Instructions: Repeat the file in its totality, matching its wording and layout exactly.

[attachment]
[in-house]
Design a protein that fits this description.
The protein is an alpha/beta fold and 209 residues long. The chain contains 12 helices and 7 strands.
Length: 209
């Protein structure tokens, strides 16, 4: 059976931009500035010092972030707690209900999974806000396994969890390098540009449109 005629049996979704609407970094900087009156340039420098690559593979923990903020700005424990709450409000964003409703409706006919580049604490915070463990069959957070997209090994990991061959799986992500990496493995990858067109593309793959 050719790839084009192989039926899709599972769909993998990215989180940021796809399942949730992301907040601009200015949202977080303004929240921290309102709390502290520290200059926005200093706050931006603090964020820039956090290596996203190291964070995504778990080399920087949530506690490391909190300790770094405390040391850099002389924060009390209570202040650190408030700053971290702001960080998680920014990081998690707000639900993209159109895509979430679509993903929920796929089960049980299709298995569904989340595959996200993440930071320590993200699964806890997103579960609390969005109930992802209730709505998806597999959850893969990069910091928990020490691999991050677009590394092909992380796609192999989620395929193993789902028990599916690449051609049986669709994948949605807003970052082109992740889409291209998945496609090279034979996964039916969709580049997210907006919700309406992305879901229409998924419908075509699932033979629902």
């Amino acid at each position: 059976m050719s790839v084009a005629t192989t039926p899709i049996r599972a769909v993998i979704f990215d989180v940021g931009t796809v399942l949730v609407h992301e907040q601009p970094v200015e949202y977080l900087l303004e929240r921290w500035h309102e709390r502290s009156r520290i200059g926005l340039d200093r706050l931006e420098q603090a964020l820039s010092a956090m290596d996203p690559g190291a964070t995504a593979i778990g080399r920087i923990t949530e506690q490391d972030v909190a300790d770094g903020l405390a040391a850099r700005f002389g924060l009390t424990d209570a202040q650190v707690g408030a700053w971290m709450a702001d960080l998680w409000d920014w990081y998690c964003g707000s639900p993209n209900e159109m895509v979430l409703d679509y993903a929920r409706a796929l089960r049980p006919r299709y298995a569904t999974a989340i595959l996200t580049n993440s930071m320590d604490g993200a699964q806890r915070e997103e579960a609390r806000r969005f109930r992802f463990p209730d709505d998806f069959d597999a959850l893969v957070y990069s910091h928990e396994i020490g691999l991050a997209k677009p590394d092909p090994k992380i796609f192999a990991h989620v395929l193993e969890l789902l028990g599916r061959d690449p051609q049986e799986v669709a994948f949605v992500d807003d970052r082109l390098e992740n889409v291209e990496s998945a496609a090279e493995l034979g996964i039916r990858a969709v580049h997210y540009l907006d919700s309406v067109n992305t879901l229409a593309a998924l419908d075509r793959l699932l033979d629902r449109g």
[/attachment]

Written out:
[in-house]
Design a protein that fits this description.
The protein is an alpha/beta fold and 209 residues long. The chain contains 12 helices and 7 strands.
Length: 209
């Protein structure tokens, strides 16, 4: 059976931009500035010092972030707690209900999974806000396994969890390098540009449109 005629049996979704609407970094900087009156340039420098690559593979923990903020700005424990709450409000964003409703409706006919580049604490915070463990069959957070997209090994990991061959799986992500990496493995990858067109593309793959 050719790839084009192989039926899709599972769909993998990215989180940021796809399942949730992301907040601009200015949202977080303004929240921290309102709390502290520290200059926005200093706050931006603090964020820039956090290596996203190291964070995504778990080399920087949530506690490391909190300790770094405390040391850099002389924060009390209570202040650190408030700053971290702001960080998680920014990081998690707000639900993209159109895509979430679509993903929920796929089960049980299709298995569904989340595959996200993440930071320590993200699964806890997103579960609390969005109930992802209730709505998806597999959850893969990069910091928990020490691999991050677009590394092909992380796609192999989620395929193993789902028990599916690449051609049986669709994948949605807003970052082109992740889409291209998945496609090279034979996964039916969709580049997210907006919700309406992305879901229409998924419908075509699932033979629902």
């Amino acid at each position: 059976m050719s790839v084009a005629t192989t039926p899709i049996r599972a769909v993998i979704f990215d989180v940021g931009t796809v399942l949730v609407h992301e907040q601009p970094v200015e949202y977080l900087l303004e929240r921290w500035h309102e709390r502290s009156r520290i200059g926005l340039d200093r706050l931006e420098q603090a964020l820039s010092a956090m290596d996203p690559g190291a964070t995504a593979i778990g080399r920087i923990t949530e506690q490391d972030v909190a300790d770094g903020l405390a040391a850099r700005f002389g924060l009390t424990d209570a202040q650190v707690g408030a700053w971290m709450a702001d960080l998680w409000d920014w990081y998690c964003g707000s639900p993209n209900e159109m895509v979430l409703d679509y993903a929920r409706a796929l089960r049980p006919r299709y298995a569904t999974a989340i595959l996200t580049n993440s930071m320590d604490g993200a699964q806890r915070e997103e579960a609390r806000r969005f109930r992802f463990p209730d709505d998806f069959d597999a959850l893969v957070y990069s910091h928990e396994i020490g691999l991050a997209k677009p590394d092909p090994k992380i796609f192999a990991h989620v395929l193993e969890l789902l028990g599916r061959d690449p051609q049986e799986v669709a994948f949605v992500d807003d970052r082109l390098e992740n889409v291209e990496s998945a496609a090279e493995l034979g996964i039916r990858a969709v580049h997210y540009l907006d919700s309406v067109n992305t879901l229409a593309a998924l419908d075509r793959l699932l033979d629902r449109g």